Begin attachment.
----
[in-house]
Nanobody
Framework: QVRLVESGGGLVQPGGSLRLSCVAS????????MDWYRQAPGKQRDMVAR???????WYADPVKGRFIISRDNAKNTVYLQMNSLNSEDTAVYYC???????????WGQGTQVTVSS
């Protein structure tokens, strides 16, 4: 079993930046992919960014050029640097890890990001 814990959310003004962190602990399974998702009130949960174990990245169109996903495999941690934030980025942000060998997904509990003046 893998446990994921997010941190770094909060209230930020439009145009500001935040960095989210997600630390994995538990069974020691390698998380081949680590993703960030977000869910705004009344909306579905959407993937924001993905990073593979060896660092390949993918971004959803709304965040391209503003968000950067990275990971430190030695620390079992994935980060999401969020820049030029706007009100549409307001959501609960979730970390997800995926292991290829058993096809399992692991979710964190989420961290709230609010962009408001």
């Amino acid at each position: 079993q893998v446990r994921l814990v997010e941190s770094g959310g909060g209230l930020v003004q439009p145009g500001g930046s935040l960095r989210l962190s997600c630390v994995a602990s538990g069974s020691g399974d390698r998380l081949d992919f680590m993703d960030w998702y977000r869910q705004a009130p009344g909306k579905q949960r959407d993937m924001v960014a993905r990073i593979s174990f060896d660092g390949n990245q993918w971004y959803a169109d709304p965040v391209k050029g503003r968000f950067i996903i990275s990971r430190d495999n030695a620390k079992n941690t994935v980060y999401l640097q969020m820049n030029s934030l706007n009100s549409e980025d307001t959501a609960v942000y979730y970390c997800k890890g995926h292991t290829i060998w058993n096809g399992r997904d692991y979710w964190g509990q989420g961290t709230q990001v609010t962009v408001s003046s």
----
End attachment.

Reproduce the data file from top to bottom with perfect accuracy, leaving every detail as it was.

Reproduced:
[in-house]
Nanobody
Framework: QVRLVESGGGLVQPGGSLRLSCVAS????????MDWYRQAPGKQRDMVAR???????WYADPVKGRFIISRDNAKNTVYLQMNSLNSEDTAVYYC???????????WGQGTQVTVSS
């Protein structure tokens, strides 16, 4: 079993930046992919960014050029640097890890990001 814990959310003004962190602990399974998702009130949960174990990245169109996903495999941690934030980025942000060998997904509990003046 893998446990994921997010941190770094909060209230930020439009145009500001935040960095989210997600630390994995538990069974020691390698998380081949680590993703960030977000869910705004009344909306579905959407993937924001993905990073593979060896660092390949993918971004959803709304965040391209503003968000950067990275990971430190030695620390079992994935980060999401969020820049030029706007009100549409307001959501609960979730970390997800995926292991290829058993096809399992692991979710964190989420961290709230609010962009408001």
């Amino acid at each position: 079993q893998v446990r994921l814990v997010e941190s770094g959310g909060g209230l930020v003004q439009p145009g500001g930046s935040l960095r989210l962190s997600c630390v994995a602990s538990g069974s020691g399974d390698r998380l081949d992919f680590m993703d960030w998702y977000r869910q705004a009130p009344g909306k579905q949960r959407d993937m924001v960014a993905r990073i593979s174990f060896d660092g390949n990245q993918w971004y959803a169109d709304p965040v391209k050029g503003r968000f950067i996903i990275s990971r430190d495999n030695a620390k079992n941690t994935v980060y999401l640097q969020m820049n030029s934030l706007n009100s549409e980025d307001t959501a609960v942000y979730y970390c997800k890890g995926h292991t290829i060998w058993n096809g399992r997904d692991y979710w964190g509990q989420g961290t709230q990001v609010t962009v408001s003046s």